Our son comes to visit every other month for an hour, rarely more than that. Today is the last day of the second month. It was the first time he waited until the final hour to visit us. I don’t blame him though. Like me, he’s frustrated. He wishes I’d pass so his mother can rest — he doesn’t tell me that, I just know it. He’ll be here in an hour or so, before dinner.
Last night, I dreamed my son slipped odor-less, liquid poison in my tea and spoon-fed it to me. We were in my bedroom except there weren’t any walls, only blue-green-purple time and space with yellow and white ribbons streaming down into a quiet, shallow river that was the floor.
The teacup he used was the size of a German beer mug, huge. It took hundreds of teaspoons to transfer the poisonous tea from the mug to my mouth. I tasted lavender, spearmint and cardamom, heaven. I never closed my mouth. He just kept spooning and spooning the liquid into my stomach. I wanted more, more, more. Sometimes it would drip down the sides of my mouth; I’d turn my head and hunch my shoulders trying to save it from falling, savoring every drop my tongue could reach.
When the mug emptied we stared eye to eye, my son and I, like hungry dogs standing off over a dead deer. He said over and over “shhh, shhh” as he glided his hand over my face, pseudo closing my eyes. I laughed out loud once, loudly, and woke up. But soon I fell back into the dream relishing poisonous sips on my lips from the giant cup. Then suddenly, I resisted him and spit it back on him. Thrashing and kicking I woke to her lying across my chest whispering “shh, shh.”
My son arrived at 4:03 p.m. He was standing at the foot of my bed when I woke from a nap. He softly squeezed my ankle, told me I was lookin’ good and gave sport and social updates on his family, then he left my room. I could hear murmurs of conversation in the kitchen.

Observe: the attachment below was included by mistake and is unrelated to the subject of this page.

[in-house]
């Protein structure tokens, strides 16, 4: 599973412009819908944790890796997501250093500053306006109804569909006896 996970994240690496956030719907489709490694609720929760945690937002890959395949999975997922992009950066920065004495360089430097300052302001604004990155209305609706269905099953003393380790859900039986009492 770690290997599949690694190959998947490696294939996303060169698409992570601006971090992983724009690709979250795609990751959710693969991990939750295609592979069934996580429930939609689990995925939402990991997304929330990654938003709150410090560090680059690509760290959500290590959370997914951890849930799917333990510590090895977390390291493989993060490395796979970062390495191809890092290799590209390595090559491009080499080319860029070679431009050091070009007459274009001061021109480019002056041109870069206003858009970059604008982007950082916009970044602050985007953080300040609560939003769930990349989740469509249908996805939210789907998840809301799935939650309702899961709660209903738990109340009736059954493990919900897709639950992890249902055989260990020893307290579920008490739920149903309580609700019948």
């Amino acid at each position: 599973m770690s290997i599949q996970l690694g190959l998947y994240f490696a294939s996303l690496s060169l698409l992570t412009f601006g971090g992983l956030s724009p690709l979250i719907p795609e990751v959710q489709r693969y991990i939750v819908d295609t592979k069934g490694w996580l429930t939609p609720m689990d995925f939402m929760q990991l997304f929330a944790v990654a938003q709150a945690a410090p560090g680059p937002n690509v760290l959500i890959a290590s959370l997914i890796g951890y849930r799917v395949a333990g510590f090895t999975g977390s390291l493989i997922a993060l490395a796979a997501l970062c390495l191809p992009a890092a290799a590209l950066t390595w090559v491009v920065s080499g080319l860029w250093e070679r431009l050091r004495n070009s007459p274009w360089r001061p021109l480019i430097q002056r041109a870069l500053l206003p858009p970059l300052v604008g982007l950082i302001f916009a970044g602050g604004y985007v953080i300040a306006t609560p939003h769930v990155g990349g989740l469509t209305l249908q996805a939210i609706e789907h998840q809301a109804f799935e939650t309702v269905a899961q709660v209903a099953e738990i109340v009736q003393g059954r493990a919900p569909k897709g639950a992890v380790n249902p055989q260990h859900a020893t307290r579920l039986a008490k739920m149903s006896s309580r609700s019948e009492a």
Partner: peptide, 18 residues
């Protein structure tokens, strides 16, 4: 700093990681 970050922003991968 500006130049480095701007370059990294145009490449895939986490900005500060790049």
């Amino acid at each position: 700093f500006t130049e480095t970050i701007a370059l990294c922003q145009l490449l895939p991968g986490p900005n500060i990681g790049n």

She smiled the whole time he was here today. He helped her around the house carrying groceries here and there, cleaning up lunch dishes, prepping for dinner, sweeping, laundry, and tidying.
She made spaghetti and chicken meatballs for dinner! I covered it with Kraft Parmesan like a blanket of off-white snow. After being fed, I could hear her shifting dishes around the kitchen, washing pots and pans, cleaning up and boiling water whistling.
I fell asleep and dreamed that I was 30 years old, healthy and had good penmanship. I wrote her a letter thanking her for all she had done for me and saying I wished our rolls could have been reversed and that I loved her more than I could write in words. As I slept my arms thrashed in the air and my legs fidgeted as I moaned, groaned and prayed for the dream to come true. I tried to scream thank you, thank you, more, more. My lips determinedly moved but nothing came out. “Shh, shh, shhhh” I heard her saying as I woke.
She was on top of me in the fetal position, her cheek felt cool pressed on my chest.
She needed sleep. My heart lumbered, struggled. The weight of her body released pressure on my joints, spine, and muscles.
She was resting…finally.
Looking at my desk I saw a cup of tea and a spoon.
I kissed her goodbye.